Fainting fancies



I’m embarrassed, amused certainly, but most definitely embarrassed. You see, I apparently have the delicate sensibilities of a Victorian lady, and am prone to fainting. Yes, fainting, as in swooning like a corseted ancestor. Bah humbug! 

A few days ago, I was happily commuting to work when I saw an interesting entry on Letters of Note describing the surgery endured by Lucy Thurston, a missionary on Hawaii in 1855 who underwent a mastectomy without anaesthetic. For some reason, I ignored the warning that preceded the article advising the squeamish to go no further, despite the fact that I get faint every time I have to give blood. I convinced myself that I would be able to read her rather descriptive letter, because you know, it’s not like there were pictures or anything. It turns out that I’m really not that tough at all. 

Unfortunately the bus was crowded, and due to the heavy rain, incredibly stuffy, and as I started to feel ill while reading about blood spurting into the surgeon’s face, I turned my phone off and thought increasingly desperately of ringing the bell and jumping off so that I wouldn’t be sick on my poor unsuspecting fellow passengers. 

…and then I heard an alarmed voice in my ear asking me if I was alright, and I found myself lying on the girl sitting beside me. 

That’s right, I’d fainted from reading an article.*hangs head in shame*

And unlike our Victorian ancestors, modern society doesn’t know what to do with a fainting lady. There were no smelling salts applied to my delicate nostrils, no handsome gentleman to loosen my clothing, no maidservant to mopping my perspiring brow. Instead I slumped in my seat with my mouth hanging open, moaning faintly while the bus driver made everyone disembark in the pouring rain and called an ambulance. 

In the space of an hour, I went from reading about painful medical procedures to enduring them, as the paramedics gave me finger-prick blood sugar tests and the ER nurses inserted a cannula into my hand and took vials of blood.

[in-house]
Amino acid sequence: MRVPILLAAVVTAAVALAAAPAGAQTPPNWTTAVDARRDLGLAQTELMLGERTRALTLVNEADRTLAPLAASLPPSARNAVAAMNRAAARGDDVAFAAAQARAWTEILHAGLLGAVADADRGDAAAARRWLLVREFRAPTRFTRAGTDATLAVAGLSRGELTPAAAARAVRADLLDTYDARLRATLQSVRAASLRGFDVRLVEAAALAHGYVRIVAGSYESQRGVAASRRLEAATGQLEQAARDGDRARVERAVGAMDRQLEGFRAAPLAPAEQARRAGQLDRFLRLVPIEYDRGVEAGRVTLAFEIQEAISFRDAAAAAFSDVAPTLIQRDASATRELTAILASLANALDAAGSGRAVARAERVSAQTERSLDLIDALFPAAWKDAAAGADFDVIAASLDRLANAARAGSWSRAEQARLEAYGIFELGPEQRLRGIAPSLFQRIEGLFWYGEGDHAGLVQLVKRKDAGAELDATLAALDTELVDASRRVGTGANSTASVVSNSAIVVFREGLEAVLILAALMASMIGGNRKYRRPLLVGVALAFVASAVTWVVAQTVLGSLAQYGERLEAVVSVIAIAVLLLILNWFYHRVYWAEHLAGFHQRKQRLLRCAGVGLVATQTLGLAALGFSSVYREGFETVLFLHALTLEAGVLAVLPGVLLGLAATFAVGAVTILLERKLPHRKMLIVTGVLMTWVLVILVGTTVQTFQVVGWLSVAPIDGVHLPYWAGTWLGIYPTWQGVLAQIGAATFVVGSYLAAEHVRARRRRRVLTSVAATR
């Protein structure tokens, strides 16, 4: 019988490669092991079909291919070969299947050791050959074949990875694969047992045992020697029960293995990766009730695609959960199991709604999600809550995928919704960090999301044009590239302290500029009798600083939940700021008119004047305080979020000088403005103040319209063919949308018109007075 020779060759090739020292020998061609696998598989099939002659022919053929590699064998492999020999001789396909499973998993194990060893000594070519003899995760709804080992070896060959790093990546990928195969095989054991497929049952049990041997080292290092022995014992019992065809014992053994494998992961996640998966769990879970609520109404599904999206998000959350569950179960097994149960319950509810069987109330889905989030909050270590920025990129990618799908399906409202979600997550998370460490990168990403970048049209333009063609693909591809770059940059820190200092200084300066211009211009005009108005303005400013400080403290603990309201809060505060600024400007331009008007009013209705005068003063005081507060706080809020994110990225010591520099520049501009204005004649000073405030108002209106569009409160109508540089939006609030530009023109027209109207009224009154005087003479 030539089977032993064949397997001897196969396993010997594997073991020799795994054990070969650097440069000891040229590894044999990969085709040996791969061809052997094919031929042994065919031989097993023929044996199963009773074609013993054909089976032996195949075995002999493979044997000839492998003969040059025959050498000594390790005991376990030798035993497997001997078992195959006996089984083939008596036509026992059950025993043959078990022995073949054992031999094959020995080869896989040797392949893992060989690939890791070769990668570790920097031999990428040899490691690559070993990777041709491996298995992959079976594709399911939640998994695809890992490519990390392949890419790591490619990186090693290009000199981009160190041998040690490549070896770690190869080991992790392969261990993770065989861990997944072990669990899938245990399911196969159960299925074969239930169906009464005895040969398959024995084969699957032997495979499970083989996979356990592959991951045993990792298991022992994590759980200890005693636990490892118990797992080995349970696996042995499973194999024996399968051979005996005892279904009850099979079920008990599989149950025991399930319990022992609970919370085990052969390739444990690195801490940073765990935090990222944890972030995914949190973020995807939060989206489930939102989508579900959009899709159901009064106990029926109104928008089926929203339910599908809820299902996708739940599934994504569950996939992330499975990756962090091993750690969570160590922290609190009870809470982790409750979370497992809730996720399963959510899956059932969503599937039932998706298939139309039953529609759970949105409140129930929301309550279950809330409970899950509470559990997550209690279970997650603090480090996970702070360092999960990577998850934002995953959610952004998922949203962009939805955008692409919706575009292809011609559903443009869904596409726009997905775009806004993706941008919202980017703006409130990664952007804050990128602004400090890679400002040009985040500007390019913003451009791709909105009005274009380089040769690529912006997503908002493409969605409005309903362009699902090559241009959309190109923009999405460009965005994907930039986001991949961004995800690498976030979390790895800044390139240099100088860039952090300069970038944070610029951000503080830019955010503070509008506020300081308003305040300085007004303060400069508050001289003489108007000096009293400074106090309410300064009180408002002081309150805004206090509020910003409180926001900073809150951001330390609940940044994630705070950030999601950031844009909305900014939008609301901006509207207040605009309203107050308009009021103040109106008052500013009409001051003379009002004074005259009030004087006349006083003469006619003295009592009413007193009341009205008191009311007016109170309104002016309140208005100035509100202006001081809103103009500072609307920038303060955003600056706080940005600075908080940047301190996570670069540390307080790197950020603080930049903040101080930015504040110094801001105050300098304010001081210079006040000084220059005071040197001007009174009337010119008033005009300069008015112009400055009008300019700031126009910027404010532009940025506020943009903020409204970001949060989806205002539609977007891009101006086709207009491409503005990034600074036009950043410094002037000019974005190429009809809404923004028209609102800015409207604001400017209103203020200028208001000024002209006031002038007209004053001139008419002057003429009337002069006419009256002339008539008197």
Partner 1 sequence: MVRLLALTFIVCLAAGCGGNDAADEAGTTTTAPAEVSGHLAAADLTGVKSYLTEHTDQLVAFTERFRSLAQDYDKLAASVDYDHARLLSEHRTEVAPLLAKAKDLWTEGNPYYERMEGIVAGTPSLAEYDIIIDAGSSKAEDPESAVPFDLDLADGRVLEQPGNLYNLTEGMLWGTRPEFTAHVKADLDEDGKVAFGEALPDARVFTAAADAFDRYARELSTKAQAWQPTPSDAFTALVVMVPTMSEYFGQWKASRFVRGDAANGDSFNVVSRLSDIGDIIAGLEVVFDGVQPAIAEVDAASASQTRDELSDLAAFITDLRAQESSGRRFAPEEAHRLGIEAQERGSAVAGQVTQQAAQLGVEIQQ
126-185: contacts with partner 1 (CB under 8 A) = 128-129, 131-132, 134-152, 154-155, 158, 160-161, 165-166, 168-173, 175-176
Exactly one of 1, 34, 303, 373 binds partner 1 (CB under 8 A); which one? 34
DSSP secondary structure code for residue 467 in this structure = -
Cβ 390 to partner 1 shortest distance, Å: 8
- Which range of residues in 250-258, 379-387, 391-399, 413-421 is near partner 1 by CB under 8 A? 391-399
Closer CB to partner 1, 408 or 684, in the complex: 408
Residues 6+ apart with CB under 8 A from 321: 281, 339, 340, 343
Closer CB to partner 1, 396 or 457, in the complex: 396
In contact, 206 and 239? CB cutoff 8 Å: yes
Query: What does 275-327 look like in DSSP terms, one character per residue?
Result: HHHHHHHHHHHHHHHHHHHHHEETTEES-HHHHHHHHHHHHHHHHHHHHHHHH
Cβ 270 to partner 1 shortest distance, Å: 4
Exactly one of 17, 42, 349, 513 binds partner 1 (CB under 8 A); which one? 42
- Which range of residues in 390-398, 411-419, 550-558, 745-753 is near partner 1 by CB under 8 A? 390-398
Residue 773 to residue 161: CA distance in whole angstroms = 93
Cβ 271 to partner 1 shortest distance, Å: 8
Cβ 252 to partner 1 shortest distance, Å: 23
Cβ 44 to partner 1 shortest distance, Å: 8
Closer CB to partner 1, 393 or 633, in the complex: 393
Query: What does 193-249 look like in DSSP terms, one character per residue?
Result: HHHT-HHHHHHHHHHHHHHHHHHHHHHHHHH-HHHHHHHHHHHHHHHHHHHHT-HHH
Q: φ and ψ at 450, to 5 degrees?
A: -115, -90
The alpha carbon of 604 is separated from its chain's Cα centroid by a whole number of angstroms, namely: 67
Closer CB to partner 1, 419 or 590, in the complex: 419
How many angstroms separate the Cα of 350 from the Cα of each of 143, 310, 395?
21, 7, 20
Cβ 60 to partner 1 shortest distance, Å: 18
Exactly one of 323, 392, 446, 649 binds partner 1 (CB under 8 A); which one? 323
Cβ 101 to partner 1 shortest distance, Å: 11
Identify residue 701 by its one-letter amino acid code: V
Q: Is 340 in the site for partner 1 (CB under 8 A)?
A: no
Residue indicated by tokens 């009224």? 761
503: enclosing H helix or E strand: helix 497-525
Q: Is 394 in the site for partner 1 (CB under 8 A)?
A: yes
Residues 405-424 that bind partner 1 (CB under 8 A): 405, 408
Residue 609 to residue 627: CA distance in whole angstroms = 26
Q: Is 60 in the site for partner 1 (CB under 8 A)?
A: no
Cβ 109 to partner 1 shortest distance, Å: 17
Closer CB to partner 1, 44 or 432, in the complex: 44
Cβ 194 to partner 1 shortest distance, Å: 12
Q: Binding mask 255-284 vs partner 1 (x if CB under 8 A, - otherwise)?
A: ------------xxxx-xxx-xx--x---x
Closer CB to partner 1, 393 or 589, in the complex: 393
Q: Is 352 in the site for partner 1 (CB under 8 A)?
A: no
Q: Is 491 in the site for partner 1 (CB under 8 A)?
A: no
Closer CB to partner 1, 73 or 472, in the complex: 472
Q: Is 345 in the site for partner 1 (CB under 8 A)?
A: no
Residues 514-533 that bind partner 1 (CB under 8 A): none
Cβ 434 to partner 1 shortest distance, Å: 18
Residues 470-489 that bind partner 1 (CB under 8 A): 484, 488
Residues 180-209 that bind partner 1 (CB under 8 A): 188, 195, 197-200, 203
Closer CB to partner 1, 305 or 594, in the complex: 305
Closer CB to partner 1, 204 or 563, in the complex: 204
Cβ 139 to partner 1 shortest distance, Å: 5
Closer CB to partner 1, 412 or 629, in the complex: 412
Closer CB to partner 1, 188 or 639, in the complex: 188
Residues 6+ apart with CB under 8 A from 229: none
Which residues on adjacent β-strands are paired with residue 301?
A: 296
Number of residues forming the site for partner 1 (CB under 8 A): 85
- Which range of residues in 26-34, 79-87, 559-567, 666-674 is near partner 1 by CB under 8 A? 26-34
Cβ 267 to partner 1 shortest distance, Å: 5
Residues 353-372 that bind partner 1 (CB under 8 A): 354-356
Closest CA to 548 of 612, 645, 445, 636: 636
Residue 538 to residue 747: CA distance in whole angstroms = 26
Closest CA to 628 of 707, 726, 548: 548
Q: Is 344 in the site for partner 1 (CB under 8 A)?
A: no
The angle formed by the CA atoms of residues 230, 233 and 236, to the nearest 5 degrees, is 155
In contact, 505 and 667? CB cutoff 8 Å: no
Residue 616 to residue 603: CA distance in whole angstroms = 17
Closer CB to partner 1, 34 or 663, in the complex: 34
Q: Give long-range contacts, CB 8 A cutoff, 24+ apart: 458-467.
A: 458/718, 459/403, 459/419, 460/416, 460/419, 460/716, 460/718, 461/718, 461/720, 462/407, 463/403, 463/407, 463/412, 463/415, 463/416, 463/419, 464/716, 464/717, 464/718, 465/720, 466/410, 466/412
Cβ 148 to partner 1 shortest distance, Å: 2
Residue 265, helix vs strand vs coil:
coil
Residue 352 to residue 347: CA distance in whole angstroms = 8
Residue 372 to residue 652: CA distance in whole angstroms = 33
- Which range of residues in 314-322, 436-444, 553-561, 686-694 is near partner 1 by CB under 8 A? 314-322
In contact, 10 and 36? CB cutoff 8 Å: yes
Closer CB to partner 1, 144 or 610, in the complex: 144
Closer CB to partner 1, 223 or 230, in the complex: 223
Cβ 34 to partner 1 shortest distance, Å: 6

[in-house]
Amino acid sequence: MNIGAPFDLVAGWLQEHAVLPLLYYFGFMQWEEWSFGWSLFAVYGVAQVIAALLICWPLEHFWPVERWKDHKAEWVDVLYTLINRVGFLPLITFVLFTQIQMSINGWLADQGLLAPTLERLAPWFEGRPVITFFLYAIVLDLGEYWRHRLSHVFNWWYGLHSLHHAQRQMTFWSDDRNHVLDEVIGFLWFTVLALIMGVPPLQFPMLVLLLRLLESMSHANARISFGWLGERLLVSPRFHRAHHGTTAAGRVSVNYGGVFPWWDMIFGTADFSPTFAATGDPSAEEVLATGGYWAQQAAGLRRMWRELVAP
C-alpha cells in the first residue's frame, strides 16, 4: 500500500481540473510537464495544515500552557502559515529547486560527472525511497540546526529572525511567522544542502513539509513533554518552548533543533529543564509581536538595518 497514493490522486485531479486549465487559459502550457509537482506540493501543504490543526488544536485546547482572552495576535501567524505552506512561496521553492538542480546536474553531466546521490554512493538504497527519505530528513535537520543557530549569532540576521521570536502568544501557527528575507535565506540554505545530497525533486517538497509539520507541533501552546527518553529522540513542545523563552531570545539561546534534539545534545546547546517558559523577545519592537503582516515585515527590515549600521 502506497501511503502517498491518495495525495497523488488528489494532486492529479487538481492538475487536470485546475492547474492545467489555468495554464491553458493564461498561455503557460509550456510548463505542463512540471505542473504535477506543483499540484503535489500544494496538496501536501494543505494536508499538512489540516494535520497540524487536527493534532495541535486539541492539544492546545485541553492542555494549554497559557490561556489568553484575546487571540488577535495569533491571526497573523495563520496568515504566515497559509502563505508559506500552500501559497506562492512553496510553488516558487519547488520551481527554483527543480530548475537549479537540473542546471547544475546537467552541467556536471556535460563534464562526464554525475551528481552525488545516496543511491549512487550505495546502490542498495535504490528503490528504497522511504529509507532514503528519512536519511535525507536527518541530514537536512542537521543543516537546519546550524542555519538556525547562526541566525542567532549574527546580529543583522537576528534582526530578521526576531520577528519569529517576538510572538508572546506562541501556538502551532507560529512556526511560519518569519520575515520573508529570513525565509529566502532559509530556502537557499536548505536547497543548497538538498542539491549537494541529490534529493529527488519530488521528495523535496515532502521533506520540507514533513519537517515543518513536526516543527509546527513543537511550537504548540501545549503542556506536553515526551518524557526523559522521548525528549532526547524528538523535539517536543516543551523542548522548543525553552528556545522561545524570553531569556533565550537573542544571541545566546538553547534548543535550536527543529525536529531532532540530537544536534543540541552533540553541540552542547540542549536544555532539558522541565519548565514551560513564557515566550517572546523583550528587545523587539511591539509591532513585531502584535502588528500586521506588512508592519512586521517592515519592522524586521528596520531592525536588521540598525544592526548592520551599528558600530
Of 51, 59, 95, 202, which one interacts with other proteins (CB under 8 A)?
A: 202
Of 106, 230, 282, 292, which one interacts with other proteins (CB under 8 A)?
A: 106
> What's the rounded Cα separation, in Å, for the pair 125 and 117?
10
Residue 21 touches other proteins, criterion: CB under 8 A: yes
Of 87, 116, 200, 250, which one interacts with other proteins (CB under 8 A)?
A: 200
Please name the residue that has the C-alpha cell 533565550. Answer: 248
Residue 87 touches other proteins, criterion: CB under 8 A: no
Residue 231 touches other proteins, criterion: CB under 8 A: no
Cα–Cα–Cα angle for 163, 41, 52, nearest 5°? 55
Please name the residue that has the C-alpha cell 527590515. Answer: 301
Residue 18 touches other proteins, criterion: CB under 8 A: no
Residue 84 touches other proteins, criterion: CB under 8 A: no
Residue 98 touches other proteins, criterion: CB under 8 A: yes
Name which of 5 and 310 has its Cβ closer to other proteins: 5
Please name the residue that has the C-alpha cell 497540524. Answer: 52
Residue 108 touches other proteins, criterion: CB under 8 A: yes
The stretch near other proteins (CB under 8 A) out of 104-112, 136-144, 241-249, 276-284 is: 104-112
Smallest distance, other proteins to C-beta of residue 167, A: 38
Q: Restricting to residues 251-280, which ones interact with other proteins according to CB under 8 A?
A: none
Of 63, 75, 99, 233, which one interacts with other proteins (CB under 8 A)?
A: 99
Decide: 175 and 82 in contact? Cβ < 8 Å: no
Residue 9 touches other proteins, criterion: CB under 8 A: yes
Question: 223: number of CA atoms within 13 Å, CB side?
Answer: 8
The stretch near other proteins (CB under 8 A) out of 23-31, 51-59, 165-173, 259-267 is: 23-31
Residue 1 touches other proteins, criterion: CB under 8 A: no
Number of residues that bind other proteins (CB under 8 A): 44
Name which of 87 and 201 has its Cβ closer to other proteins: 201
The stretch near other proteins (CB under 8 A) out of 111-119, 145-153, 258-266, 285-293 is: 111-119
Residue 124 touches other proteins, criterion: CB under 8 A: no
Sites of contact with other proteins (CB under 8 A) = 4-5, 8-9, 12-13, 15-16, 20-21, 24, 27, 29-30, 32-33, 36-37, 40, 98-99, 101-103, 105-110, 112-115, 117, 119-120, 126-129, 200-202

ImageDon’t believe the nurse when she tells you that a cannula will save you from further pain when they want to take blood from you later, those things hurt like the dickens. 

Not only was I hooked up to ECG machines and blood pressure monitors, nobody seemed to believe me that is was a straight forward faint. Apparently modern human doesn’t faint without good reason and “I was reading a gory article” just doesn’t cut it as far as explanations go. 

Though completely mortified that a few simple sentences robbed me of my consciousness and reduced me to a whimpering jelly, I felt warmed by the kindness of strangers who waited for the ambulance with me and held my hand while I tried not to further humiliate myself by vomiting in public, and while I shed a self-pitying tear or two (there’s nothing like having to scroll through your phone contacts to find a friend to help you, to remind yourself that you live alone in a city). 

In future, I shall avoid anything that remotely horrifies me, at least while I’m on public transport. I’m thinking of expanding my faint triggers to include mentions of ‘ankles’ and ‘unwed mothers’ just to fully embrace my Victorian sensibilities. 

I shall be advertising for a lady’s maid to carry my hartshorn and fan.

Yours etc

Lady F





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The moustache-less and desperate..